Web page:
FREQUENTLY ASKED QUESTIONS ABOUT CRIMINAL DEFENSE LAW
Q: Do I need a lawyer's help if I am accused of a crime?
A: It is always in your best interest to consult a criminal defense lawyer as early as possible if you suspect you will be facing the criminal justice system. Whether or not you believe you have been wrongfully accused, an attorney will fight for your legal and constitutional rights and monitor the proceedings for legality and fairness. If you cannot afford an attorney, you may be eligible for free legal counsel.
Q: What is the difference between a felony and a misdemeanor?
A: The traditional definition of a felony is a crime that is punishable by a year or more in jail. A misdemeanor is a crime that is punishable by imprisonment of less than one year. Felonies are more serious crimes than misdemeanors.
Since 1992, the likelihood of an arrest leading to a conviction has generally risen. Although some defendants think that they can “beat the system” on their own, having an experienced criminal defense attorney on your side is the best way to prevent becoming another statistic.
If you have been charged with a state or federal crime, you should know that the criminal penalties can be serious if you are convicted. At The Law Office of Ann Fitz, our defense lawyers represent clients facing criminal charges involving white collar crime, drug crime, DUI, computer crime, and juvenile offenses. The experienced criminal defense attorneys at the Law Office of Ann Fitz are devoted to protecting your legal rights.
Criminal Defense – An Overview
Our criminal justice system can be overwhelming and frightening. The incarceration rate in the United States is much higher than that of other industrialized countries. Prison sentences are getting longer and more frequent. If you face the possibility of being accused of a crime, contact an experienced criminal defense lawyer as early in the process as possible, preferably even before questioning or investigation by the police. A skilled attorney can fight for your legal and constitutional rights.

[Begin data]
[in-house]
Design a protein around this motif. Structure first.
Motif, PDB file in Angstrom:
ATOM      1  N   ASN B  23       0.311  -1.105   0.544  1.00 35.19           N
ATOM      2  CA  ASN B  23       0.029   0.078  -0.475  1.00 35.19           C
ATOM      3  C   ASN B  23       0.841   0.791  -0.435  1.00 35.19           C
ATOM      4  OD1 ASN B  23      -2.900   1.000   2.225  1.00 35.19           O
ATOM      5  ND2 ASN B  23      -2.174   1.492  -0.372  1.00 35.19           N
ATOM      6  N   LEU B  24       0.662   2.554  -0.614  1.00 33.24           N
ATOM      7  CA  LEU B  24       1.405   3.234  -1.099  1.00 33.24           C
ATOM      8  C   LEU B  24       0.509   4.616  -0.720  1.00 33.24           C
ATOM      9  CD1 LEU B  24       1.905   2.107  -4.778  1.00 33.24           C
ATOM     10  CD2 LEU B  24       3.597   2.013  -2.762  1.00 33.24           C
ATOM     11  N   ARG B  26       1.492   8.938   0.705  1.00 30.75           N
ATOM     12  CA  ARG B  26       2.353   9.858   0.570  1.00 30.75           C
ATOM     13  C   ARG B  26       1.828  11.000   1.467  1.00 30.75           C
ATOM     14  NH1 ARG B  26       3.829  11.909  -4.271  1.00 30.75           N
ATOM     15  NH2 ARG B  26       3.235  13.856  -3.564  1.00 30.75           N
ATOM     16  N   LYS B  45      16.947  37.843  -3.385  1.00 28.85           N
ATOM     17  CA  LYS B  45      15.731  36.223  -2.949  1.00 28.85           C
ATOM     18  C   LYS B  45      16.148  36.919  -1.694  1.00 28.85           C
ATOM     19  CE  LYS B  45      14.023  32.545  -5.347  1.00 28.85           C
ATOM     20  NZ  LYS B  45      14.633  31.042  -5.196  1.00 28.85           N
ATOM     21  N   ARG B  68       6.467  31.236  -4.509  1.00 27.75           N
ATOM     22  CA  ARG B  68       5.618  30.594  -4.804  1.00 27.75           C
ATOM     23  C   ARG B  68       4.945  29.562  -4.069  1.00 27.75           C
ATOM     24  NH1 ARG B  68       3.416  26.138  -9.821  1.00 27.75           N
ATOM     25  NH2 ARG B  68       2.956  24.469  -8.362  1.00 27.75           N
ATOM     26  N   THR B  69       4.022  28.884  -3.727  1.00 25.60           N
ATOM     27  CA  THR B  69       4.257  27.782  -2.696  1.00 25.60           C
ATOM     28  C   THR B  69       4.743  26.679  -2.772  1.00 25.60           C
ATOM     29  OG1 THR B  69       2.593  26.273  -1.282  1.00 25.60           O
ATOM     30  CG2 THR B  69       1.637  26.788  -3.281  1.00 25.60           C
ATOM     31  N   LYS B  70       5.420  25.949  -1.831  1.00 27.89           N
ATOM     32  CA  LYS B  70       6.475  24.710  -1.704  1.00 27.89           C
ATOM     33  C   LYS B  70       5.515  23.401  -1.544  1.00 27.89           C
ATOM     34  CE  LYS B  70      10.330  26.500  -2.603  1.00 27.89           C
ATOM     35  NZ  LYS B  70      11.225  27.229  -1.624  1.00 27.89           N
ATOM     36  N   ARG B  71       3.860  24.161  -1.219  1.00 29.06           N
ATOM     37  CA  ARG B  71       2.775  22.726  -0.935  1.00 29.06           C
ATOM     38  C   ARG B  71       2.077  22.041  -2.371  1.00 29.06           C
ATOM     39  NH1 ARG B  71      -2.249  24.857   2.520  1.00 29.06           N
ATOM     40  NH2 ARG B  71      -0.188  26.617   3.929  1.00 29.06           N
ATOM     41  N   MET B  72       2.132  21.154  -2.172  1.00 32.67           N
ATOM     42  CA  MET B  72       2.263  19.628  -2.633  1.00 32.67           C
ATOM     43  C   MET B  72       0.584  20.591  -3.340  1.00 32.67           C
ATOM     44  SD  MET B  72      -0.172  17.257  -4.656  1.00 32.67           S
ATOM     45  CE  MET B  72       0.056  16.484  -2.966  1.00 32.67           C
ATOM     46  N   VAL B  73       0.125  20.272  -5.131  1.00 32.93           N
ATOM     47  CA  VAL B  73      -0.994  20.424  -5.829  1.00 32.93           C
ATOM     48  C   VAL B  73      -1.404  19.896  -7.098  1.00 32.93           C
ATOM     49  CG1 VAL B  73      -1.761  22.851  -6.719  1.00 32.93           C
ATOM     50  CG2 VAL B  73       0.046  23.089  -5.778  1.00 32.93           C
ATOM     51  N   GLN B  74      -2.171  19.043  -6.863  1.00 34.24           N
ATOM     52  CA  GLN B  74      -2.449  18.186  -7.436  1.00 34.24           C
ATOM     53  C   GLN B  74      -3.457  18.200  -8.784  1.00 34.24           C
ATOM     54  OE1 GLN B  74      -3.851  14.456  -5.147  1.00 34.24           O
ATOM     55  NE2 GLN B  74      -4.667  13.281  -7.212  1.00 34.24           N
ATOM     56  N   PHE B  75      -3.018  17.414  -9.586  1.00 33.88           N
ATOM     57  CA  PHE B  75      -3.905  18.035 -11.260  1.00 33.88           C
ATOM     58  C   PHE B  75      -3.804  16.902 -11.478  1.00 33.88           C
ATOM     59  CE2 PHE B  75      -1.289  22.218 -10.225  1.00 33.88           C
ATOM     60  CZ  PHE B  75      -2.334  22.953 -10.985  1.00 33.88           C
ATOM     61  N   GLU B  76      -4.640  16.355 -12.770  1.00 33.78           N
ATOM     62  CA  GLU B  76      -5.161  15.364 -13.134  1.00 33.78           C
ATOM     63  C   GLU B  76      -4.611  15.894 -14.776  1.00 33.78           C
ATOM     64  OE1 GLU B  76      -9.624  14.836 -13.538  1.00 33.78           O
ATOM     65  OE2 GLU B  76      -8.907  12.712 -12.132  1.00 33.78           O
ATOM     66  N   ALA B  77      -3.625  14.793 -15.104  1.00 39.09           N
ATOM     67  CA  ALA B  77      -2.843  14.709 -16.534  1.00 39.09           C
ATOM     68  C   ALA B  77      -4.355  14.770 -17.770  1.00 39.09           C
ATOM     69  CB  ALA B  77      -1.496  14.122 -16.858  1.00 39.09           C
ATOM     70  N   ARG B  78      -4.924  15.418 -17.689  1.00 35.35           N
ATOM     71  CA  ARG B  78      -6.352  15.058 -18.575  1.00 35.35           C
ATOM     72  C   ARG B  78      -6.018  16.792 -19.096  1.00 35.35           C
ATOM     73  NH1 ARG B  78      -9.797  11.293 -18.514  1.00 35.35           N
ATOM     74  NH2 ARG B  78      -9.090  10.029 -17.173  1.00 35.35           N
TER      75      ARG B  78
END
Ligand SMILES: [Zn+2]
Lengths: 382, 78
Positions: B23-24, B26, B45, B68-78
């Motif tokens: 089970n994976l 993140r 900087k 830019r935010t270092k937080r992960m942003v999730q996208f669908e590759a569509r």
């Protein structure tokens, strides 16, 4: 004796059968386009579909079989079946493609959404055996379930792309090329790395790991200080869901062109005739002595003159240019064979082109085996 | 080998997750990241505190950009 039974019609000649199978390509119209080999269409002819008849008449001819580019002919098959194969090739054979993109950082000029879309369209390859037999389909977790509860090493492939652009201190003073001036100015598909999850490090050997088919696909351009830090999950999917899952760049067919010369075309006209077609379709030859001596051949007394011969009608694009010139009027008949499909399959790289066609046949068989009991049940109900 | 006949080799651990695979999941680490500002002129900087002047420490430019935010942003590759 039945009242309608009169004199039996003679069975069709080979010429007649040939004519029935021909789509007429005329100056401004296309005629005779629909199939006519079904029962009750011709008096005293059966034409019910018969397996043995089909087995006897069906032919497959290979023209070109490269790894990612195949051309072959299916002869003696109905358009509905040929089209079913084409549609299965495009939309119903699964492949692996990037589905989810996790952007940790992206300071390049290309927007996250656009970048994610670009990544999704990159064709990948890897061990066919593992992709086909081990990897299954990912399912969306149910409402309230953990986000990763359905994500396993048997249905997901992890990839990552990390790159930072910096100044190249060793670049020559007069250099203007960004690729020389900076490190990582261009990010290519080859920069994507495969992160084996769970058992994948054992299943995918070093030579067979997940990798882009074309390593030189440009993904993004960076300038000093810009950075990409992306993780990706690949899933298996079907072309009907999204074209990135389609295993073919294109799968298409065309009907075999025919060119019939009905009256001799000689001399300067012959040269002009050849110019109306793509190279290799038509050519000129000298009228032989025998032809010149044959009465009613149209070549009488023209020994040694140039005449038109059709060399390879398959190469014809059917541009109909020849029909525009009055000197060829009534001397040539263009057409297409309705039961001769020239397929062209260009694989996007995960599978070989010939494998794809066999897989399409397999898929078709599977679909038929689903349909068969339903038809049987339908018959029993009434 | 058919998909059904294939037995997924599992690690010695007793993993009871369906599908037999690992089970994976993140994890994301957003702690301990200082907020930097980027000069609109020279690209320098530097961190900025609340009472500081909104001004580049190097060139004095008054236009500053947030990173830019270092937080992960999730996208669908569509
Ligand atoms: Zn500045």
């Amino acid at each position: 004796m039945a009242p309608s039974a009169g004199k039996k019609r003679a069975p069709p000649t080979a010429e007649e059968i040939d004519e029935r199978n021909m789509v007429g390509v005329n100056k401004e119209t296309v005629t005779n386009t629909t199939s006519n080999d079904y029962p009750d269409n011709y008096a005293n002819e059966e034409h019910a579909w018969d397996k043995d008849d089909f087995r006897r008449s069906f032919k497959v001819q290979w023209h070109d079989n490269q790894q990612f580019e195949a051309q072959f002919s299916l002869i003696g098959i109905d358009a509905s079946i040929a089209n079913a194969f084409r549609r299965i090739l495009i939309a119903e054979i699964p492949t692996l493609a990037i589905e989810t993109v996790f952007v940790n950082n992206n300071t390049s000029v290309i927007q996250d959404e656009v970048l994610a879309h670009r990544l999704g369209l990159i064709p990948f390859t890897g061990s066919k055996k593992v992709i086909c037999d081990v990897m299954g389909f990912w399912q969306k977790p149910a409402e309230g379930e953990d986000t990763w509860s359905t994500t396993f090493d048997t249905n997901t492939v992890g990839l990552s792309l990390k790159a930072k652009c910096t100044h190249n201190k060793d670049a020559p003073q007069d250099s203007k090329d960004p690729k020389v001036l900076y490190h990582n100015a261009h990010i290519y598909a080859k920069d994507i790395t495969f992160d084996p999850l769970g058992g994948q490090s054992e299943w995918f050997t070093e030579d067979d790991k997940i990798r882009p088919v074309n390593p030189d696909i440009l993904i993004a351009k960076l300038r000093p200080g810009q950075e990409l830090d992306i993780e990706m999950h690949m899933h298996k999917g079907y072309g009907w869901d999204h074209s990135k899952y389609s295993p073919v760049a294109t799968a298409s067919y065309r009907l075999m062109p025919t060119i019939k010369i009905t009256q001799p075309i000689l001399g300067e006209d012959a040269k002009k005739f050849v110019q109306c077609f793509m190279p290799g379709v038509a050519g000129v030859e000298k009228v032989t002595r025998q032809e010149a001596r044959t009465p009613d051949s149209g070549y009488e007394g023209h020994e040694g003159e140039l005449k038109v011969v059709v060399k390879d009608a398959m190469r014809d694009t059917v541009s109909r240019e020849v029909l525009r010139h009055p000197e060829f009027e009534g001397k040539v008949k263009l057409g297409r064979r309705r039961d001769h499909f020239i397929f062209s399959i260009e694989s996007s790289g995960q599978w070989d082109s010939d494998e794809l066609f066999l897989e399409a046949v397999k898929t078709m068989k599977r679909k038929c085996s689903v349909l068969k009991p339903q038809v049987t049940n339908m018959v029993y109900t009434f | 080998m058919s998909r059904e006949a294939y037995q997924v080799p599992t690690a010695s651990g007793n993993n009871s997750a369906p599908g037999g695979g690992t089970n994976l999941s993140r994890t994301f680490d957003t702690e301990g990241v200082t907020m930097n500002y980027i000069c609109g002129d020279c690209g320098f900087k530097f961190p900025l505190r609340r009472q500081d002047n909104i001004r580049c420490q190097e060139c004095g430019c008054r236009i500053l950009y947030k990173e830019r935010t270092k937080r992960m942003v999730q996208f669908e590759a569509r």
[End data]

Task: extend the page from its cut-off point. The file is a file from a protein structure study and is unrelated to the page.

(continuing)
Constitutional Protections for the Criminal Defendant
The United States Constitution and its subsequent amendments define the scope of governmental power and reserve certain individual rights to the people. The first 10 amendments, also called the Bill of Rights, contain basic, fundamental rights of individuals on which the government may not impinge. Many of these constitutional rights provide protection to criminal defendants in the criminal justice system. The Fourteenth Amendment extends substantive due process rights beyond just the federal system to criminal defendants in state courts where the vast majority of criminal trials occur.
The basic constitutional rights of the criminal defendant permeate every aspect of the criminal justice process. If you have been accused of a crime, whether federal, state or local, a seasoned criminal defense attorney can explain these rights to you and help you to fight for them at every step of the way.
Classifications of Crimes